Prebiotic

The Role of the Gut Microbiome in Autism Spectrum Disorder

Autism spectrum disorder (ASD) is a complex biological neurodevelopmental disorder that is estimated to affect 1 in 100 children worldwide (World Health Organization (WHO)., 2023). Due to its broad-spectrum, signs often have a high individual variability, however, those with ASD commonly have difficulties relating to social, behavioural and communication skills (WHO., 2023). Gastrointestinal symptoms, such as abdominal pain, flatulence and bloating, are often a comorbidity in those with ASD, however, the underlying cause is unknown. Research suggests that gastrointestinal complaints and neuro-behavioural traits in ASD could be linked to gut microbiome composition and via the two-way communication between the gut and brain, called the gut-brain axis (Fattorusso et al., 2019). In this Research Spotlight, we will explore ASD in relation to the gut microbiome and delve into a study looking at the impact of Bimuno® GOS on 30 children with ASD (Grimaldi et al., 2018).

Gut-brain connection

It is well known that the gut microbiome plays an important role in health (de Vos et al., 2022). The gut-brain axis, in particular, has been of increasing interest due to its ability to impact gastrointestinal function, mood and cognitive health (Appleton., 2018). As research has progressed and more is understood about the gut-brain connection it is thought that this could explain some of the neurodevelopmental deficits and comorbid gastrointestinal disturbances seen in ASD (Li et al., 2016).

Those with ASD often have alterations in their gut microbiome profiles that are consistent with dysbiosis, however, it is not yet known the distinct microbiome profile that is specific to individuals with ASD (Fattorusso et al., 2019). Interestingly, research has revealed that Clostridiumbacteria are often overabundant in the colons of those with ASD compared to neurotypical individuals and could be associated with certain autistic traits and comorbidities (Kandeel et al., 2020). In particular, those with ASD exhibit high levels of Clostridium difficileand Clostridium clostridioformenot found in neurotypical children, and these strains are considered to be pathogenic strains of bacteria with opportunistic characteristics (Dehoux et al., 2016; Kandeel et al., 2020; Khanna and Gupta., 2019).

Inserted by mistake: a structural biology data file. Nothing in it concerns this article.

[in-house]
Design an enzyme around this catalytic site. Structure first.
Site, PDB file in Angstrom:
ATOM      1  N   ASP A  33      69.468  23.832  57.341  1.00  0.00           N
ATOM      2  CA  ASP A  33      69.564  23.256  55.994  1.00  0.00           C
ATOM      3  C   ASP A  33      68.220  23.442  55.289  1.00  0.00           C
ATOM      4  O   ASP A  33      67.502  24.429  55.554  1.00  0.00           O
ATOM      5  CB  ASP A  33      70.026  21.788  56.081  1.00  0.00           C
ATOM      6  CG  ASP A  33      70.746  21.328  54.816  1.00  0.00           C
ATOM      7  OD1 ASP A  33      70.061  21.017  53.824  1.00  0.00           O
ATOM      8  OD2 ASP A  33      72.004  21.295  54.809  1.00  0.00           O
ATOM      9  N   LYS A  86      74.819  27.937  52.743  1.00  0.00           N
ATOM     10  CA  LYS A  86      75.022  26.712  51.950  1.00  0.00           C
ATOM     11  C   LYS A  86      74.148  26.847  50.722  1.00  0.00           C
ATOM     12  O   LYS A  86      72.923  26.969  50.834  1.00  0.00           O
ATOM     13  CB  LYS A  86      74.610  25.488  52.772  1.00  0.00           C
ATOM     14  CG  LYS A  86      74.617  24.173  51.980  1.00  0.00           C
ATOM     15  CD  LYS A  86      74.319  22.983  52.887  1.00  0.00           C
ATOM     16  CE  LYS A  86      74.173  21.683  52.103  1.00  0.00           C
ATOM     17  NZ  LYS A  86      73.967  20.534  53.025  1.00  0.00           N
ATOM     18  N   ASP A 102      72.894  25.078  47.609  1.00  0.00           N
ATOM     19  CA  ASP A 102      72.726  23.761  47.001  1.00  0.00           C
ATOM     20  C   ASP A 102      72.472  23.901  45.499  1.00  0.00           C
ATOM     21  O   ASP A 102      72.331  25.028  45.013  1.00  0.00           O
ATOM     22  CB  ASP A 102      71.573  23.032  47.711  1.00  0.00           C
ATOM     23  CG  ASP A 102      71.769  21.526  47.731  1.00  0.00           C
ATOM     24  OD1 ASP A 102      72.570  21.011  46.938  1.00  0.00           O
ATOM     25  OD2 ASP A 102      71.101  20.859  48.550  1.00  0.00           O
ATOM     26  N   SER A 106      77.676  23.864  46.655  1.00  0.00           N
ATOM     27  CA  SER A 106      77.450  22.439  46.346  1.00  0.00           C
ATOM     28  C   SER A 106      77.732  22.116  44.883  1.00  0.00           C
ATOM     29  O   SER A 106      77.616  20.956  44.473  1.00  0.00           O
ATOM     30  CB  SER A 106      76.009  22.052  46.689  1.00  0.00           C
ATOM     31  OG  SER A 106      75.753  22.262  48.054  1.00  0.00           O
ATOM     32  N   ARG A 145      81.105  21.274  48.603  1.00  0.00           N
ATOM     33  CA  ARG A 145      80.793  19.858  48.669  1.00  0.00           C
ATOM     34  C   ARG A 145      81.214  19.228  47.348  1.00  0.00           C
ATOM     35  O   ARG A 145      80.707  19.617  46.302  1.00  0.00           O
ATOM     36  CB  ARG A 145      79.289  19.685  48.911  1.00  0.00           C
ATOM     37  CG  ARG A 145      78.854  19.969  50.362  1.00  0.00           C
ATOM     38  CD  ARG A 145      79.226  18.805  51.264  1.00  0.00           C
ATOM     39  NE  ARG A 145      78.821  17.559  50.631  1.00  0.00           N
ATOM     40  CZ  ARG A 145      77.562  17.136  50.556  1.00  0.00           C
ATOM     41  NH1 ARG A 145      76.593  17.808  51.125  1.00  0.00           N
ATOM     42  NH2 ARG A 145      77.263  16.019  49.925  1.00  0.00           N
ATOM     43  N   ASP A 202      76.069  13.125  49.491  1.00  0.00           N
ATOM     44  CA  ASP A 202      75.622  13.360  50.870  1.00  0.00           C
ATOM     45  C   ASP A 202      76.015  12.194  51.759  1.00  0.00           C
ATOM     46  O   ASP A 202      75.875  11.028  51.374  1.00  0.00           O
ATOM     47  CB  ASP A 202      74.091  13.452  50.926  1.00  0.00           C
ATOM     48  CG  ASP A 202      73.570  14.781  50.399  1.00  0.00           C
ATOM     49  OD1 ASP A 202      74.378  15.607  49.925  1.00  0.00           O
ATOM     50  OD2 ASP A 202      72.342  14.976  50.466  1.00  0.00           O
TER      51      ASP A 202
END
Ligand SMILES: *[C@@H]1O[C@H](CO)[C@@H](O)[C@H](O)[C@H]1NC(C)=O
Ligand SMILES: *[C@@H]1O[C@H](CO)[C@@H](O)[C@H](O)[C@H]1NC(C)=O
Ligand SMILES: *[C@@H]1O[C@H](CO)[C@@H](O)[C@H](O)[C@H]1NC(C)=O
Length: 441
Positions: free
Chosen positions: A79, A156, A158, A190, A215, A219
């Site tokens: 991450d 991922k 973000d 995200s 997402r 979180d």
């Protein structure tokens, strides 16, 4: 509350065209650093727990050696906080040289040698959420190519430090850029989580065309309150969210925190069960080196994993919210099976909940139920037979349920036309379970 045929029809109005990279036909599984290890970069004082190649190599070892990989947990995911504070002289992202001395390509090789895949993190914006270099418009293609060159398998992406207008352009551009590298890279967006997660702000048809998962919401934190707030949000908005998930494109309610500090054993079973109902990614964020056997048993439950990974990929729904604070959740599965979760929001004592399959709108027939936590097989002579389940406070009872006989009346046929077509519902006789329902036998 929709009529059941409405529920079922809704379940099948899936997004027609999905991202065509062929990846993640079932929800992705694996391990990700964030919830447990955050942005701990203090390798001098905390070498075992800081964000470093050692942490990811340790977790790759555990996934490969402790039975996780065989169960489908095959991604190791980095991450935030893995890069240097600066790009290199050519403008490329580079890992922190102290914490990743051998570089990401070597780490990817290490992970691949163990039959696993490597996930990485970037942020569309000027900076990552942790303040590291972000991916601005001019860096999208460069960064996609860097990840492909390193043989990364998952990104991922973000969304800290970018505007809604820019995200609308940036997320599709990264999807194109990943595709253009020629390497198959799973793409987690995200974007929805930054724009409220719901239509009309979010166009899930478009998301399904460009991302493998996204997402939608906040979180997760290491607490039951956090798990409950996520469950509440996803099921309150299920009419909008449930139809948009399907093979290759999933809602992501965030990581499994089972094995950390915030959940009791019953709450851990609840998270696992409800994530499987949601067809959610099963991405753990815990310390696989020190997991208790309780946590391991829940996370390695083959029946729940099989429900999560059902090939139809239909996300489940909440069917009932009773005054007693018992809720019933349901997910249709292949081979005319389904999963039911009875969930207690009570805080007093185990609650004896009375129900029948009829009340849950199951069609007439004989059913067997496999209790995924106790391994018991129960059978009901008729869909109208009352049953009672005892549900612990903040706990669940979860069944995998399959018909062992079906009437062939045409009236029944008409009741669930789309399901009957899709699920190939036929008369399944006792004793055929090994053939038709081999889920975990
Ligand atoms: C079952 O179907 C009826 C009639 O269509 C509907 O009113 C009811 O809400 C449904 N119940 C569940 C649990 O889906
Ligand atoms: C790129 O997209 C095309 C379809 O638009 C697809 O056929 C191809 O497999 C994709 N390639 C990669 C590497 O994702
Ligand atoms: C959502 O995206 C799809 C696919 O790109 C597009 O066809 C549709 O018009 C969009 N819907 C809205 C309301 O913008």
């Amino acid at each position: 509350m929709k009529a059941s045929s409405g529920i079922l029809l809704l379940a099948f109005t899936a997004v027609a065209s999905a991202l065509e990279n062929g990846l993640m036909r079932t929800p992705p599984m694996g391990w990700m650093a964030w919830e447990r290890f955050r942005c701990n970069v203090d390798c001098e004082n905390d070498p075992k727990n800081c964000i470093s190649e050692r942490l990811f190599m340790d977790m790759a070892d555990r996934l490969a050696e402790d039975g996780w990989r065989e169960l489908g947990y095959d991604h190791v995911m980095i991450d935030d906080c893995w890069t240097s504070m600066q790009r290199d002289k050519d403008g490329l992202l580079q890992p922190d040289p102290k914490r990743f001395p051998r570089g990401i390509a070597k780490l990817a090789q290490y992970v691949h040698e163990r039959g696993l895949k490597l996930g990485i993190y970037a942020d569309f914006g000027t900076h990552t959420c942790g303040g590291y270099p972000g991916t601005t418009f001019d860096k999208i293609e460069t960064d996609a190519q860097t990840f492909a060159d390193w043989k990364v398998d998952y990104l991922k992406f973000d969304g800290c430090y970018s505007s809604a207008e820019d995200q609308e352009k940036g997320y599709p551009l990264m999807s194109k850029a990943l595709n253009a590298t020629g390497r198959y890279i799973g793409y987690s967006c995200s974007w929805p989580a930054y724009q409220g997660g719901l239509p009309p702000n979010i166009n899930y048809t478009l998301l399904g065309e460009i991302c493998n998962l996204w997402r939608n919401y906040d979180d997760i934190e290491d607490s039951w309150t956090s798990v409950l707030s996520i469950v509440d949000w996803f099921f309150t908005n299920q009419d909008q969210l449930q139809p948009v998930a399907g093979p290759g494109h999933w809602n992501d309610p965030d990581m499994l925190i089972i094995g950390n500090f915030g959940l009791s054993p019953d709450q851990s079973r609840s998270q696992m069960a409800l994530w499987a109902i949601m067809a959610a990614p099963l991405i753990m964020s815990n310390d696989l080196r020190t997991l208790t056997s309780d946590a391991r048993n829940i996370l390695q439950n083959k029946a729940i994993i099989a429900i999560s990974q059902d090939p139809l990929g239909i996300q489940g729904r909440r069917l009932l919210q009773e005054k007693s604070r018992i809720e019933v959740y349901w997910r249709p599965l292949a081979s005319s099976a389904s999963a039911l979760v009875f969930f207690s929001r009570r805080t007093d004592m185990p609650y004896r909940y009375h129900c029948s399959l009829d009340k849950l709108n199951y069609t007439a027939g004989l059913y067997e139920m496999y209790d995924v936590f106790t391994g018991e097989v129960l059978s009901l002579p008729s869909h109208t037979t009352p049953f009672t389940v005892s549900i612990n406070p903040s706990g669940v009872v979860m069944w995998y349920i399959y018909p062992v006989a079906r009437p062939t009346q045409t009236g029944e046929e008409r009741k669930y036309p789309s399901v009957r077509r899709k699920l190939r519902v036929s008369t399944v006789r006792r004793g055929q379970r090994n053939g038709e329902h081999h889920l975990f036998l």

ASD and GI complaints

Common gastrointestinal complaints reported in those with ASD, such as constipation, diarrhoea and abdominal pain, are associated with changes in the composition of the gut microbiome (Ristori et al., 2019). Many functional gastrointestinal disorders that feature these common issues have been linked to the gut microbiome and a lower abundance of beneficial bacteria, such as bifidobacteria (Ristori et al., 2019). Along with higher levels of Clostridiumbacteria, many children with ASD also have a lower relative abundance of bifidobacteria in the gut, suggesting a possible link between the gut microbiome and comorbidities of ASD (Argou-Cardozo and Zeidán-Chuliá., 2018; Ristori et al., 2019).

Children with ASD who also have comorbid gastrointestinal disturbances tend to exhibit more severe behavioural changes, such as irritability and social withdrawal, and these neurobehavioural symptoms are thought to have an underlying inflammatory pathophysiology (Fattorusso et al., 2019). The inflammation hypothesis in ASD suggests the presence of immune system dysfunction in its development (Hughes et al., 2022). Up to 80% of immune cells are found in the gut, and gut barrier function plays a key role in immune homeostasis (Wiertsema et al., 2021). Given that gut barrier integrity and function can be influenced by gut microbiome composition and crosstalk along the gut-brain axis, it is important to note that dysbiosis, such as what is seen in ASD, can lead to changes in immune system function (Erbescu et al., 2022; Levy et al., 2017).

Research Spotlight: ASD and Bimuno® GOS

In this Research Spotlight, we highlight a study looking at the effects of different diets and supplementation with Bimuno® GOS in autistic children across a 10-week period (Grimaldi et al., 2018). This randomised, double-blind, placebo-controlled parallel study saw 30 children aged 4-11 years with ASD divided into two dietary groups: one excluding gluten and casein (exclusion group) and one group without restriction (non-exclusion). These groups were further divided into another 2 groups and supplemented with either Bimuno® GOS or placebo (maltodextrin) for 6-weeks. The protocol followed a 2-week run-in, 6-week feeding period and a 4-week follow-up. Throughout the protocol, gastrointestinal symptoms, such as abdominal pain, flatulence and bloating were recorded daily, along with weekly faecal samples. At the end of each stage of the study, questionnaires were filled out by the children’s caregivers to assess behaviour – Autism Treatment Evaluation Checklist (ATEC), The Spence Children’s Anxiety Scale subscale-P (parent-report), the Autism Spectrum Quotient (AQ) and the Empathizing Quotient/Systemizing Quotient (EQ-SQ).

The results showed a significant change in anti-sociability scores in those consuming an exclusion diet in combination with Bimuno® GOS (Grimaldi et al., 2018). These results support the hypothesis that the gut microbiome could be implicated in the pathophysiology of ASD and as such, should be of consideration in future research.

Read the full open access paper here:

A prebiotic intervention study in children with autism spectrum disorders (ASDs) | Microbiome (springer.com)

References

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